The News of The Blake School Since 1916

The Spectrum

The News of The Blake School Since 1916

The Spectrum

The News of The Blake School Since 1916

The Spectrum

Minneapolis


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Processed meats linked to cancer

W.H.O. reports that Bacon could be deadly
Recent+reports+find+a+correlation+between+red%2Fprocessed+meats+and+cancer.
C.C. Lucas
Recent reports find a correlation between red/processed meats and cancer.

Packs of bacon sit untouched on store shelves; Steak is treated with contempt rather than as an exquisite treat; Trash bins are piled high with lamb chops. While this may seem like some warped, dystopian future, it could soon become a reality.

Recently, the World Health Organization (W.H.O.) labeled red meats as a “definite” cause of cancer, and processed meats as a “probable” cause of cancer.

Red meat is any meat that is red before it is cooked; lamb, pork, and steak all fall under this category. Processed meats are any type of meat that has been altered to preserve the meat and extend its shelf life. Eating around 500 grams (about two 8 oz steaks) of these meats is fine, but go over that limit and the odds of cancer by 5%.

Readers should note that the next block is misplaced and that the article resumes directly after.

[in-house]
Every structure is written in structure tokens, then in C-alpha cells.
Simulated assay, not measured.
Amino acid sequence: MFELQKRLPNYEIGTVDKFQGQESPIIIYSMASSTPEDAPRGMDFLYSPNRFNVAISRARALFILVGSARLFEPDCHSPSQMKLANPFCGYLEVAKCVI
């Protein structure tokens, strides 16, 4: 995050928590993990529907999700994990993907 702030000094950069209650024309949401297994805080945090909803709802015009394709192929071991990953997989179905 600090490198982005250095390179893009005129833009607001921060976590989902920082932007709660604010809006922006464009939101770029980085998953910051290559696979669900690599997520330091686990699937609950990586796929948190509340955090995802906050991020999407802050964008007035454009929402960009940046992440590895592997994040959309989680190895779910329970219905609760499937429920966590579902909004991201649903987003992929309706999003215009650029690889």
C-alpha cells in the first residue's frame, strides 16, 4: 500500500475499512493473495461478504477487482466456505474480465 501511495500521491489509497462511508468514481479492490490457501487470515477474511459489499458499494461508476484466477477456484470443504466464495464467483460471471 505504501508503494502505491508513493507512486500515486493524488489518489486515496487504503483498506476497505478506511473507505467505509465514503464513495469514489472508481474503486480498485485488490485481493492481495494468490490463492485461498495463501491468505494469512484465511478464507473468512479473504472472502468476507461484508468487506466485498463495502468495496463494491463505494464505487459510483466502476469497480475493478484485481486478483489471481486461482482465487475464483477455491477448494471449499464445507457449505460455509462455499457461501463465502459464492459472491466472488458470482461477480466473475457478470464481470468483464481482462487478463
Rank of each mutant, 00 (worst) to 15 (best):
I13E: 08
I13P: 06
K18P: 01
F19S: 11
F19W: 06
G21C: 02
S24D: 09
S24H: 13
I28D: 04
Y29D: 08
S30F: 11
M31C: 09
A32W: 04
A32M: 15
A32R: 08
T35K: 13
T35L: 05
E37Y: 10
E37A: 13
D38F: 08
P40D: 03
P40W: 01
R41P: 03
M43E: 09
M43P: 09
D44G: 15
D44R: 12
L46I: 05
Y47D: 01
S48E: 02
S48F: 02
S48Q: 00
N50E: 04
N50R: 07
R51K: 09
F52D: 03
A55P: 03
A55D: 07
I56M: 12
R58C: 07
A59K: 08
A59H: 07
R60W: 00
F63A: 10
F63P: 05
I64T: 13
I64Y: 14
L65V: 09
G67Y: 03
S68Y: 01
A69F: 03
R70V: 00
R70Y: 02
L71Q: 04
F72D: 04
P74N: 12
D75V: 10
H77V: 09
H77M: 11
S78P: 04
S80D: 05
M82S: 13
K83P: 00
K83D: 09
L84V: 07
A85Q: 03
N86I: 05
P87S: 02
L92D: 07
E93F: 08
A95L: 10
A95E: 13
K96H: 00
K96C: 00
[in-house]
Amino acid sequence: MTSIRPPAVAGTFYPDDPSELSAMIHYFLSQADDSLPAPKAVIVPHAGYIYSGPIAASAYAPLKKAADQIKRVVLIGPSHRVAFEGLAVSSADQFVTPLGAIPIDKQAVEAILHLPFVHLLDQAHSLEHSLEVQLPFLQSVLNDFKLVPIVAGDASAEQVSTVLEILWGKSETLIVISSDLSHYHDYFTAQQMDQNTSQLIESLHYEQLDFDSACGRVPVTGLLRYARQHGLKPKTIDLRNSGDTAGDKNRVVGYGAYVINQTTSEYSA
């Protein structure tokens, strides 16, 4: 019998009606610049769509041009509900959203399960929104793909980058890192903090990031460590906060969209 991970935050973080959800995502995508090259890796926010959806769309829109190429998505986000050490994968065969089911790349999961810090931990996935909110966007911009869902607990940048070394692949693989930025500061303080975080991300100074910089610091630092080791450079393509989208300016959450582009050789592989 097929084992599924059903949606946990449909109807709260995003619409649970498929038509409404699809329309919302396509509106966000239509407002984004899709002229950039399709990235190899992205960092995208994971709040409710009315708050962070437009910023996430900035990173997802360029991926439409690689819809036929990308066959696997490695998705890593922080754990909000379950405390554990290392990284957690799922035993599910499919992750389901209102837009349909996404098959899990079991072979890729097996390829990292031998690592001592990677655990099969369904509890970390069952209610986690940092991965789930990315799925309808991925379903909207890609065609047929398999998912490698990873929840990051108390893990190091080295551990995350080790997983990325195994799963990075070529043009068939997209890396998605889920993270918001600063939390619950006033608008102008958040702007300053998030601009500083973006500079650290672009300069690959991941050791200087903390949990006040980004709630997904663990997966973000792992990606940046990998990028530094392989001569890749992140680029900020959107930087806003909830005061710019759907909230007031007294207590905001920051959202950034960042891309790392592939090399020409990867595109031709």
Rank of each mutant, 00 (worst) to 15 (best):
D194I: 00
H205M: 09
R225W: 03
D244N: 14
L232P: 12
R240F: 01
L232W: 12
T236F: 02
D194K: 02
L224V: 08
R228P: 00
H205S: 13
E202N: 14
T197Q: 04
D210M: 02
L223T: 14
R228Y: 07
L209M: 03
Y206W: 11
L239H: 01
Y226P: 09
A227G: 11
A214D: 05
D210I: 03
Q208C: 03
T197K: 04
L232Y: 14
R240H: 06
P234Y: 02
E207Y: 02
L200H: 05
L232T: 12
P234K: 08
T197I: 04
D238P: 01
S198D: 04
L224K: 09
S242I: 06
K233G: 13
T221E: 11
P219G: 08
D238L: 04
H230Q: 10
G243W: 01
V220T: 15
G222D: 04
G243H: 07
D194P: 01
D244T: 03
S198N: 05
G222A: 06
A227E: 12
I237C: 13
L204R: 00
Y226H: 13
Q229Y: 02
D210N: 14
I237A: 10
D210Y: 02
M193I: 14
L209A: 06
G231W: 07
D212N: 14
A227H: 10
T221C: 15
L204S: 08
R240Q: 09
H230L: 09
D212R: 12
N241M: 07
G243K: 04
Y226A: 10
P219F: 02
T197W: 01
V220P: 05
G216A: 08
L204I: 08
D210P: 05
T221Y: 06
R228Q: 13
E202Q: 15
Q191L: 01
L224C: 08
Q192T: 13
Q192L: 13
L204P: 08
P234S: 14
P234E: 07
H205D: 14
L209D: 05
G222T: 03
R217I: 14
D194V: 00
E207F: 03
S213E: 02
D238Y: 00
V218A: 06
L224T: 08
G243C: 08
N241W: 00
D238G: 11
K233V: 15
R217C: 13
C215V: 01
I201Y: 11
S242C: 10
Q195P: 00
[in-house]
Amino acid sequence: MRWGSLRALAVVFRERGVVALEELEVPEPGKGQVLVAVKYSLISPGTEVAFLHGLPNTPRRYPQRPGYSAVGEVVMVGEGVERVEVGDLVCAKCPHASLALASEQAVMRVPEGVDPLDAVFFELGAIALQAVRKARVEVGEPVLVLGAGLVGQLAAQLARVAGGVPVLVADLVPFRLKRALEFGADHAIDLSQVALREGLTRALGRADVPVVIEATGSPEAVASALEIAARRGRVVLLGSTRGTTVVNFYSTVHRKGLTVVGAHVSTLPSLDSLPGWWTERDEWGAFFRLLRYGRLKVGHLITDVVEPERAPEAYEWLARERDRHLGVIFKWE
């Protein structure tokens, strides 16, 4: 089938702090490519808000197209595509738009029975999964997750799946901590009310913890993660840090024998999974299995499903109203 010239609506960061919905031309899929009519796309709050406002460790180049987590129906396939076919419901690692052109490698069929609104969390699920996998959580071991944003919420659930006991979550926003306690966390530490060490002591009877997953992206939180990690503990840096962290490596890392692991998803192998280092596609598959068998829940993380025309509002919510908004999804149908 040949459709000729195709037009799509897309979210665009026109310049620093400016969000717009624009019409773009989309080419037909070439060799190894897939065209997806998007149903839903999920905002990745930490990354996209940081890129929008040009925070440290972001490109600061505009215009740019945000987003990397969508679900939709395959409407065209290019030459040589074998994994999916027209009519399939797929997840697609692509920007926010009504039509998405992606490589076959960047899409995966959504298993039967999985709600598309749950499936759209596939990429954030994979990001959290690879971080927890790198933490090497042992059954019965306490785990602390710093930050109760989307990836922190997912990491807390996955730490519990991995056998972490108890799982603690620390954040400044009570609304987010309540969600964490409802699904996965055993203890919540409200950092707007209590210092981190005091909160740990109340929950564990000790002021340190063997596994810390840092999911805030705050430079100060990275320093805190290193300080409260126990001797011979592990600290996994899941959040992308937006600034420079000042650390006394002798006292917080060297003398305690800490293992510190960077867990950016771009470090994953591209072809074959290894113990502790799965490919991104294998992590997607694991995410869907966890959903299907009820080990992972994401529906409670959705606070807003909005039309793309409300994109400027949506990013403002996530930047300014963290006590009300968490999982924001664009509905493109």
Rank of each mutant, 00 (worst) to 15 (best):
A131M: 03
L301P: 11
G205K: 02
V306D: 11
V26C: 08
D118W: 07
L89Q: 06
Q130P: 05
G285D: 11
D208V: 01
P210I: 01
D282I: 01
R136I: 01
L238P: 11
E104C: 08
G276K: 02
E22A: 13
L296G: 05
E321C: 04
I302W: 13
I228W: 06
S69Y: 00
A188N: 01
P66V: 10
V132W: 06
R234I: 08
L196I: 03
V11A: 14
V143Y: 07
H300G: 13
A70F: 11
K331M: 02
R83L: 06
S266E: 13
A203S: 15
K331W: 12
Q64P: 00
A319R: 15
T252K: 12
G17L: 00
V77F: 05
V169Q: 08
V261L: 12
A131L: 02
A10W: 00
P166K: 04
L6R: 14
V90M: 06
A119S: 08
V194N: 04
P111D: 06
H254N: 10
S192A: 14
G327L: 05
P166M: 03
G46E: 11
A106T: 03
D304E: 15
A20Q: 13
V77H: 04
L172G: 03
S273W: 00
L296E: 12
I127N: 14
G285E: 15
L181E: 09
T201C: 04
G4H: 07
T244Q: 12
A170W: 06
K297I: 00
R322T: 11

Science department chair Ann-Marie White outlines the science behind cancer. “Cancer is cells dividing very fast in an uncontrolled manner… So as where a normal cell would feel out its surroundings and make sure it has enough nutrients and space for it to expand, cancer cells…don’t get those signals that say there’s not enough space to keep on dividing.” This constant division is what creates tumors, which harms the body by consuming needed nutrients and putting pressure on nearby organs and tissues.

So how exactly could meat cause cancer? The chemicals involved in the processing of meat cause a slight increase in chances of developing cancer, specifically, colon cancer. However, this does not mean that everyone should stop eating red meat.

The study done by the International Agency for Research on Cancer says people who ate the most processed meat had a 5% increased risk of developing colon cancer those who did not eat large amounts of meat.

How exactly can people reduce these odds? Along with not eating more than the recommended amount of meat, a high fiber diet helps. White says “people who have high fiber diets have less risk of colon cancer. Fiber works as an intestinal swifter, it literally scrapes the edges of the colon, cleaning off the gunk in the colon.”

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Stuart Patterson, Comedy Editor
My name is Stuart and I like pottery, woodworking and cheese. This is my third year on Spectrum, and I am the Comedy editor.

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